How to Make a Toboggan

How to Make a Toboggan
You've found a huge hill that would be great for sled riding, but you don't have a sled. You don't want to go and purchase a poorly built sled from a store. Make your own. A toboggan is second to none for winter fun.


Difficulty: Moderately Challenging

Things You’ll Need:
  • Four pieces of wood Metal brackets Rope
  • Four pieces of wood
  • Metal brackets
  • Rope
Step 1
Acquire your materials. Four pieces of wood about six inches wide will worj. Oak is a strong wood that will stand up to many crashes down the hill. The thickness of the oak is important; too thick and it will be hard to bend, too thin and it will be less durable. You will also need some metal brackets that will hold your wood together. Depending on the length of your wood you should have brackets every 12 inches for security.
Step 2
Bend your wood. The link provided gives you numerous options on how to bend your wood. Many manufacturers use the steaming method, but depending on your living arrangement you may not have access to a steam box so the other types of bending should be considered.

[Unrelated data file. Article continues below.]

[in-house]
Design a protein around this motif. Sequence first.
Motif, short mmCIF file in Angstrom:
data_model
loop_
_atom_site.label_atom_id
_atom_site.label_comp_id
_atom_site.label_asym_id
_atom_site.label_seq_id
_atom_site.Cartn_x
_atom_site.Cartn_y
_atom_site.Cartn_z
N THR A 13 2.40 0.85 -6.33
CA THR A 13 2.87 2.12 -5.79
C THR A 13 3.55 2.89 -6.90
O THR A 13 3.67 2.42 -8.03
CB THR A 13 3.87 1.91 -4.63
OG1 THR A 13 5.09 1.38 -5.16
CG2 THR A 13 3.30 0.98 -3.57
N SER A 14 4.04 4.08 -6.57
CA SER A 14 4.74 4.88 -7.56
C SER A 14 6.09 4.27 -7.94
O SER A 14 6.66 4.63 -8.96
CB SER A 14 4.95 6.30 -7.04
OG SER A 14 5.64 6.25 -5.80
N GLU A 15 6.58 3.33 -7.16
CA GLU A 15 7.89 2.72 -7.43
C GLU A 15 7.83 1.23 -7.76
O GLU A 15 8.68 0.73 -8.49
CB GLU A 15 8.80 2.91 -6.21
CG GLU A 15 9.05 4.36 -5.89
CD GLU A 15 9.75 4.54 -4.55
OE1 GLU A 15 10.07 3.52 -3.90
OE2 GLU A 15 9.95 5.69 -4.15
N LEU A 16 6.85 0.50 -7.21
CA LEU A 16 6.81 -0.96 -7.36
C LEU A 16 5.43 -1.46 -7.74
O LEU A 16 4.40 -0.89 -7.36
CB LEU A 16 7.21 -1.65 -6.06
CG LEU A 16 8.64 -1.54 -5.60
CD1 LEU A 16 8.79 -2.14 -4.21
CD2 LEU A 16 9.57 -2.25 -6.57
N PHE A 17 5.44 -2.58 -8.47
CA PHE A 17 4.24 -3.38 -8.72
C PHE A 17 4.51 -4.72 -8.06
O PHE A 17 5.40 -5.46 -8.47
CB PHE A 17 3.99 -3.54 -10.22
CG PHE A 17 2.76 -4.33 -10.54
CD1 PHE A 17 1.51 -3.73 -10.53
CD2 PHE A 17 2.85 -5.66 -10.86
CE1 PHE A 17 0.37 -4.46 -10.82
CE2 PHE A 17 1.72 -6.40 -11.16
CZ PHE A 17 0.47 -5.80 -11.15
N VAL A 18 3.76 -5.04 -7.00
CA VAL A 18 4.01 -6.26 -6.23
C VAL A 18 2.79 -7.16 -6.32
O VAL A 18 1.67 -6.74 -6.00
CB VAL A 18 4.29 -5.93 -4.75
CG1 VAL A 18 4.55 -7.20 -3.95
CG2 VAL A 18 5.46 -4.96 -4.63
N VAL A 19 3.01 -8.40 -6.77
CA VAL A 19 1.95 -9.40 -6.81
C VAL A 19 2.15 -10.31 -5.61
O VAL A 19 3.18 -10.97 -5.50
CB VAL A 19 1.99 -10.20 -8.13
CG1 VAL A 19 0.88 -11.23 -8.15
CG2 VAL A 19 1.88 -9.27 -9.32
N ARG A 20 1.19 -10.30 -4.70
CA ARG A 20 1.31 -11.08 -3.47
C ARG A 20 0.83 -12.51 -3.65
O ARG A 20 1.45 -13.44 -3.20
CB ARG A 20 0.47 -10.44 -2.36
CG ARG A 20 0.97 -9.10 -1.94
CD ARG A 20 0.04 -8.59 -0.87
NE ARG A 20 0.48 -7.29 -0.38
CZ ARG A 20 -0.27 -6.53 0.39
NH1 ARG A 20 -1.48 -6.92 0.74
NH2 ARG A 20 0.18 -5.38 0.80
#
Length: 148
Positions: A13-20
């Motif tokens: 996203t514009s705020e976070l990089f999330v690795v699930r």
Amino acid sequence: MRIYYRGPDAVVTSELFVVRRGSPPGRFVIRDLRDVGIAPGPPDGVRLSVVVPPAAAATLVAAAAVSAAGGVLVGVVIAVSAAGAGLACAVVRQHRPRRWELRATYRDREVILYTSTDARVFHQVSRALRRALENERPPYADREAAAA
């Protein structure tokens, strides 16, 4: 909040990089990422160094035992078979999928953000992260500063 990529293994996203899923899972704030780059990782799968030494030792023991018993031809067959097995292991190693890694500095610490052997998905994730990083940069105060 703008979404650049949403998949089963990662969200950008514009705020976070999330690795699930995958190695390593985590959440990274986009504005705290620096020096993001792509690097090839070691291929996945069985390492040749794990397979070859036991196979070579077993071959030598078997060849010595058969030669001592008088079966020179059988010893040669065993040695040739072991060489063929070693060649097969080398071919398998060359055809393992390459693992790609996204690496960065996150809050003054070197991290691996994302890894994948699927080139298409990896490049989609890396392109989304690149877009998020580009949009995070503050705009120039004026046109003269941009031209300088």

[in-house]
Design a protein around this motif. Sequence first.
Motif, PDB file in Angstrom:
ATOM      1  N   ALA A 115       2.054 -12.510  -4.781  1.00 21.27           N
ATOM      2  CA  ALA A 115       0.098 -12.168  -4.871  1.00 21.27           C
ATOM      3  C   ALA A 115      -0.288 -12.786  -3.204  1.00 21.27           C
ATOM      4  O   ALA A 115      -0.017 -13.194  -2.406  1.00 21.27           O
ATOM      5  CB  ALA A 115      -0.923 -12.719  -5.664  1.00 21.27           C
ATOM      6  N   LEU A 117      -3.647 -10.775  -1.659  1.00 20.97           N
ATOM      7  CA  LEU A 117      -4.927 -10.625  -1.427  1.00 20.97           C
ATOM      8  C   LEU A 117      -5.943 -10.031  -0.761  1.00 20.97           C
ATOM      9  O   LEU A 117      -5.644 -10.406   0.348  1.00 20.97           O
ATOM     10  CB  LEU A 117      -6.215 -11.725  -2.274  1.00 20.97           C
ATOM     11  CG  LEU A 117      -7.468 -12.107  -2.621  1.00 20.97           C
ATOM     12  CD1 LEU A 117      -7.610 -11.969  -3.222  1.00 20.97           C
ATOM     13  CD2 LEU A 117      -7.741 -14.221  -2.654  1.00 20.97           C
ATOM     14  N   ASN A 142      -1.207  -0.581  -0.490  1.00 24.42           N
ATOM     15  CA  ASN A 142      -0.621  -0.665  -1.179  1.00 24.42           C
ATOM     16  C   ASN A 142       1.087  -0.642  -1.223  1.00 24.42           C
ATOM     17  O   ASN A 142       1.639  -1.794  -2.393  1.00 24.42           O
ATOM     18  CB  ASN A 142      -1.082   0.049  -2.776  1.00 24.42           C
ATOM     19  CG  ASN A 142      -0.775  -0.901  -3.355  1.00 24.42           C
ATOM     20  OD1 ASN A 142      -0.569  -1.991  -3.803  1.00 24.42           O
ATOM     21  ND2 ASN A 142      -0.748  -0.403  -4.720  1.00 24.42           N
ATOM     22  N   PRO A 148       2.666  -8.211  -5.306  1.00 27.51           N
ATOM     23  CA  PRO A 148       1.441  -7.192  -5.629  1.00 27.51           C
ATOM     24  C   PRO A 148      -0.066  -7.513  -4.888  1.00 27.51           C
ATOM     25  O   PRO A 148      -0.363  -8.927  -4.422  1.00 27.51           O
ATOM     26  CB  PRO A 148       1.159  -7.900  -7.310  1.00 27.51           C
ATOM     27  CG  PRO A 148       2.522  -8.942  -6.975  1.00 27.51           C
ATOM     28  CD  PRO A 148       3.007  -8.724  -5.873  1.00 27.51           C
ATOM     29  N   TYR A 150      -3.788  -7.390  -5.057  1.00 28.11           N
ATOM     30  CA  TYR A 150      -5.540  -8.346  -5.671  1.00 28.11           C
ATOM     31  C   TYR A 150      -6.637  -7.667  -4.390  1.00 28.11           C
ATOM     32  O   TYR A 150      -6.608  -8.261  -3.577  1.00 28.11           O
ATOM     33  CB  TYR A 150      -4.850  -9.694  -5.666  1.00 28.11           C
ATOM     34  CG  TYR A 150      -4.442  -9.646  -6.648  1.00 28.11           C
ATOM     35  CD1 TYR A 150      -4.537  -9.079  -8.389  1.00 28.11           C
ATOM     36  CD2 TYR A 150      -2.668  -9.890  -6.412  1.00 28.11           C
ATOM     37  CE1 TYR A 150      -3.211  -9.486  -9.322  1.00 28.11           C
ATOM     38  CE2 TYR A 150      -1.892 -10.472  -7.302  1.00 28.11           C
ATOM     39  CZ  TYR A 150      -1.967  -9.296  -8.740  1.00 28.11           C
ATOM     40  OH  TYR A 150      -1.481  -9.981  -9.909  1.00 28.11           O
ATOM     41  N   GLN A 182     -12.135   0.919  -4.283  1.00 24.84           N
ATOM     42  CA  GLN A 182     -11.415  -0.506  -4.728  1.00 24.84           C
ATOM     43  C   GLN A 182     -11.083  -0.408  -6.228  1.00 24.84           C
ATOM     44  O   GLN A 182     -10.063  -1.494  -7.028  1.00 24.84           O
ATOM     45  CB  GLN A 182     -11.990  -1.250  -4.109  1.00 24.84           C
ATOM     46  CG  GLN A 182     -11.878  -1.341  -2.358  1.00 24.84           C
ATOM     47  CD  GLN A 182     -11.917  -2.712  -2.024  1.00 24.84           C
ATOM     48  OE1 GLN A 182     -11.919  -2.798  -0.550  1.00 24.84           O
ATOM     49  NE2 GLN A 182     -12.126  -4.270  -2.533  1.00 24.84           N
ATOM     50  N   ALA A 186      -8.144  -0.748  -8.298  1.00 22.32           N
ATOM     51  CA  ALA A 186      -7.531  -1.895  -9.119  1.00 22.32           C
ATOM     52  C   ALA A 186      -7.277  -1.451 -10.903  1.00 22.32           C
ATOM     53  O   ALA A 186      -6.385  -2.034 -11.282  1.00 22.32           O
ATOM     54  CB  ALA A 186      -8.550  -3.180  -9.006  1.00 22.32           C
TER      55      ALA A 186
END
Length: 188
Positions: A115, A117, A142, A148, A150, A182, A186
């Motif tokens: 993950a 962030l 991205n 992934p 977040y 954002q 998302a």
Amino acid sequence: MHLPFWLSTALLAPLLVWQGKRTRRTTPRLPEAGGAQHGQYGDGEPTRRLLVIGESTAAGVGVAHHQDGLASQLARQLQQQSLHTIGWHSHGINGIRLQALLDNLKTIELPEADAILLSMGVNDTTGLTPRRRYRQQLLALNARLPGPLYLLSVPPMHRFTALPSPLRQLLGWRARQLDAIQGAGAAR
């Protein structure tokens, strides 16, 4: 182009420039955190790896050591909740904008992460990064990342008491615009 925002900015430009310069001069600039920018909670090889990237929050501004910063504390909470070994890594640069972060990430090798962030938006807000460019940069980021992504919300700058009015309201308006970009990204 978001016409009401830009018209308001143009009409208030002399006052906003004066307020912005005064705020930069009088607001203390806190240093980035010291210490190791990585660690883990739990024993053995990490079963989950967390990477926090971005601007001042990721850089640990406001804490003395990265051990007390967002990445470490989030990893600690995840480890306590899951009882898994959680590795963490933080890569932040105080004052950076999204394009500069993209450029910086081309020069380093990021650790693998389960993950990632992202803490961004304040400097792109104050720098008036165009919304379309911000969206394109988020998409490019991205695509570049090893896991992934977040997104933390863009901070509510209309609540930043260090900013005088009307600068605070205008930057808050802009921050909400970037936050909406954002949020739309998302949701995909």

Step 3
Treat the wood. Using waterproofing solution on the wood will help to keep it protected from the snow and keep it moving well.
Step 4
Fasten the brackets on the ends of the toboggan. Move inward, fastening the remaining brackets 12 inches apart for more stability. You will probably need small nails or screws to secure the brackets tighter onto the wood. If you can find metal waterproofing, you can put that on the brackets for added protection.
Step 5
Add steering. Adding rope to the corners of the toboggan will make it easier to steer as you are going down a hill. You can drill holes into the corners, close to the top, and thread strong rope into the holes and tie them off.

Article Written By Heather Broeker

Originally from North Carolina, Heather Broeker studied journalism and advertising at the University of North Carolina. After graduation she moved to Los Angeles, where she worked for Fox Searchlight, Fox Reality and later as a writer and marketing director. Broeker now lives in Los Angeles and runs Head Over Heels, a writing and public relations company.

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